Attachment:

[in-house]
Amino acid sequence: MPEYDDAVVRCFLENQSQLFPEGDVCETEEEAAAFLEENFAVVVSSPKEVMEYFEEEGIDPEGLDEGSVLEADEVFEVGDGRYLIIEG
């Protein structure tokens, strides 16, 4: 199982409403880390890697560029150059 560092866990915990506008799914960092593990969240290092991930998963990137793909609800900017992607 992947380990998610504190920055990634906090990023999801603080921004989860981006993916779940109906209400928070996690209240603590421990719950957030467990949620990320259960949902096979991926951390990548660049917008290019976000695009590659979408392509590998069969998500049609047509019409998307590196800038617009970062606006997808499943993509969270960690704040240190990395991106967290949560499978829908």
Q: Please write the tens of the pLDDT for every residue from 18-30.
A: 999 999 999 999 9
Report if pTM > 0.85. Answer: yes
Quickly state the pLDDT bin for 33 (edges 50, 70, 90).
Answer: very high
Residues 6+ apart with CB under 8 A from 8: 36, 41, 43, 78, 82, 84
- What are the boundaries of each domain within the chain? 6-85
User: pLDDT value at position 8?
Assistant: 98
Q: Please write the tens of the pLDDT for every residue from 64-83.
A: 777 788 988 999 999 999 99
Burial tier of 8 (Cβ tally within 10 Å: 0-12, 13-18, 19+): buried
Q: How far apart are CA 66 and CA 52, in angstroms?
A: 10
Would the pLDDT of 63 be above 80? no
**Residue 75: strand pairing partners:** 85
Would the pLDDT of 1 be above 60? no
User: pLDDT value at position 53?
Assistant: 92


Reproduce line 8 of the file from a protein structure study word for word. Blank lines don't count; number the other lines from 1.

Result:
Answer: very high